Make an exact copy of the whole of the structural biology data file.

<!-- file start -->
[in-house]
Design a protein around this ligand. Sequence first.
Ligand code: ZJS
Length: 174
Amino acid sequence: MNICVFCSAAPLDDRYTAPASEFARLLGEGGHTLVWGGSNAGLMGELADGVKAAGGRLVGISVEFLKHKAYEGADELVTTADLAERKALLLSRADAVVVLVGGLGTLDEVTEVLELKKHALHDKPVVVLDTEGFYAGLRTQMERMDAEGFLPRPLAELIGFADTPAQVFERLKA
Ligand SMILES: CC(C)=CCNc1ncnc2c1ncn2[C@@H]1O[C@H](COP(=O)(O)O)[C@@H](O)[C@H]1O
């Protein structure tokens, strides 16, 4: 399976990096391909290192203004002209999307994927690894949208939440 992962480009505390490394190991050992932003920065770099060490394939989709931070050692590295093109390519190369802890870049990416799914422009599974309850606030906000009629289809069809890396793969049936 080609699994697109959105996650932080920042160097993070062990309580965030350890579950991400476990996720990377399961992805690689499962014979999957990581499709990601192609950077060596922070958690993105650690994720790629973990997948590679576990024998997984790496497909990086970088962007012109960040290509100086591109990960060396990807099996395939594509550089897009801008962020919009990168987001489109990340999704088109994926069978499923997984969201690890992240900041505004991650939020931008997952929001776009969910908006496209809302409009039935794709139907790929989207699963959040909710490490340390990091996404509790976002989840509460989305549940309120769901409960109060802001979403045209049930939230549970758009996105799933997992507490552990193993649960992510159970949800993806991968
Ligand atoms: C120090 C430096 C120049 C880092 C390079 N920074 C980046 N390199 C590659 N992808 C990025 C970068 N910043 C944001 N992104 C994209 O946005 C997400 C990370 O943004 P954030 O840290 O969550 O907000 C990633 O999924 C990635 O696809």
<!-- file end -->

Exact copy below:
[in-house]
Design a protein around this ligand. Sequence first.
Ligand code: ZJS
Length: 174
Amino acid sequence: MNICVFCSAAPLDDRYTAPASEFARLLGEGGHTLVWGGSNAGLMGELADGVKAAGGRLVGISVEFLKHKAYEGADELVTTADLAERKALLLSRADAVVVLVGGLGTLDEVTEVLELKKHALHDKPVVVLDTEGFYAGLRTQMERMDAEGFLPRPLAELIGFADTPAQVFERLKA
Ligand SMILES: CC(C)=CCNc1ncnc2c1ncn2[C@@H]1O[C@H](COP(=O)(O)O)[C@@H](O)[C@H]1O
């Protein structure tokens, strides 16, 4: 399976990096391909290192203004002209999307994927690894949208939440 992962480009505390490394190991050992932003920065770099060490394939989709931070050692590295093109390519190369802890870049990416799914422009599974309850606030906000009629289809069809890396793969049936 080609699994697109959105996650932080920042160097993070062990309580965030350890579950991400476990996720990377399961992805690689499962014979999957990581499709990601192609950077060596922070958690993105650690994720790629973990997948590679576990024998997984790496497909990086970088962007012109960040290509100086591109990960060396990807099996395939594509550089897009801008962020919009990168987001489109990340999704088109994926069978499923997984969201690890992240900041505004991650939020931008997952929001776009969910908006496209809302409009039935794709139907790929989207699963959040909710490490340390990091996404509790976002989840509460989305549940309120769901409960109060802001979403045209049930939230549970758009996105799933997992507490552990193993649960992510159970949800993806991968
Ligand atoms: C120090 C430096 C120049 C880092 C390079 N920074 C980046 N390199 C590659 N992808 C990025 C970068 N910043 C944001 N992104 C994209 O946005 C997400 C990370 O943004 P954030 O840290 O969550 O907000 C990633 O999924 C990635 O696809």